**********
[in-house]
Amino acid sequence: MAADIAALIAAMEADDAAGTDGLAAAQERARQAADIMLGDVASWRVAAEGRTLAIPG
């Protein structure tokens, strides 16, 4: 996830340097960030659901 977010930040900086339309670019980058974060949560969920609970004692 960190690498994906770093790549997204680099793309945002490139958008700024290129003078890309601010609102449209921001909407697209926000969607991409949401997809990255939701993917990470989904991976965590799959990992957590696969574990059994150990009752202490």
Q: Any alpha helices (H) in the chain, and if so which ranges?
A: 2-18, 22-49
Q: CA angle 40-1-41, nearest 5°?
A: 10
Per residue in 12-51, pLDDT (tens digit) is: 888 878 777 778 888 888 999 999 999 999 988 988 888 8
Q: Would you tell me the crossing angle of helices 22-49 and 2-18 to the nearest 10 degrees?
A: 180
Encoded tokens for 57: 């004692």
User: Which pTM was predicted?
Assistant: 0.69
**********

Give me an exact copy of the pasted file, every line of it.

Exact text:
[in-house]
Amino acid sequence: MAADIAALIAAMEADDAAGTDGLAAAQERARQAADIMLGDVASWRVAAEGRTLAIPG
């Protein structure tokens, strides 16, 4: 996830340097960030659901 977010930040900086339309670019980058974060949560969920609970004692 960190690498994906770093790549997204680099793309945002490139958008700024290129003078890309601010609102449209921001909407697209926000969607991409949401997809990255939701993917990470989904991976965590799959990992957590696969574990059994150990009752202490």
Q: Any alpha helices (H) in the chain, and if so which ranges?
A: 2-18, 22-49
Q: CA angle 40-1-41, nearest 5°?
A: 10
Per residue in 12-51, pLDDT (tens digit) is: 888 878 777 778 888 888 999 999 999 999 988 988 888 8
Q: Would you tell me the crossing angle of helices 22-49 and 2-18 to the nearest 10 degrees?
A: 180
Encoded tokens for 57: 């004692």
User: Which pTM was predicted?
Assistant: 0.69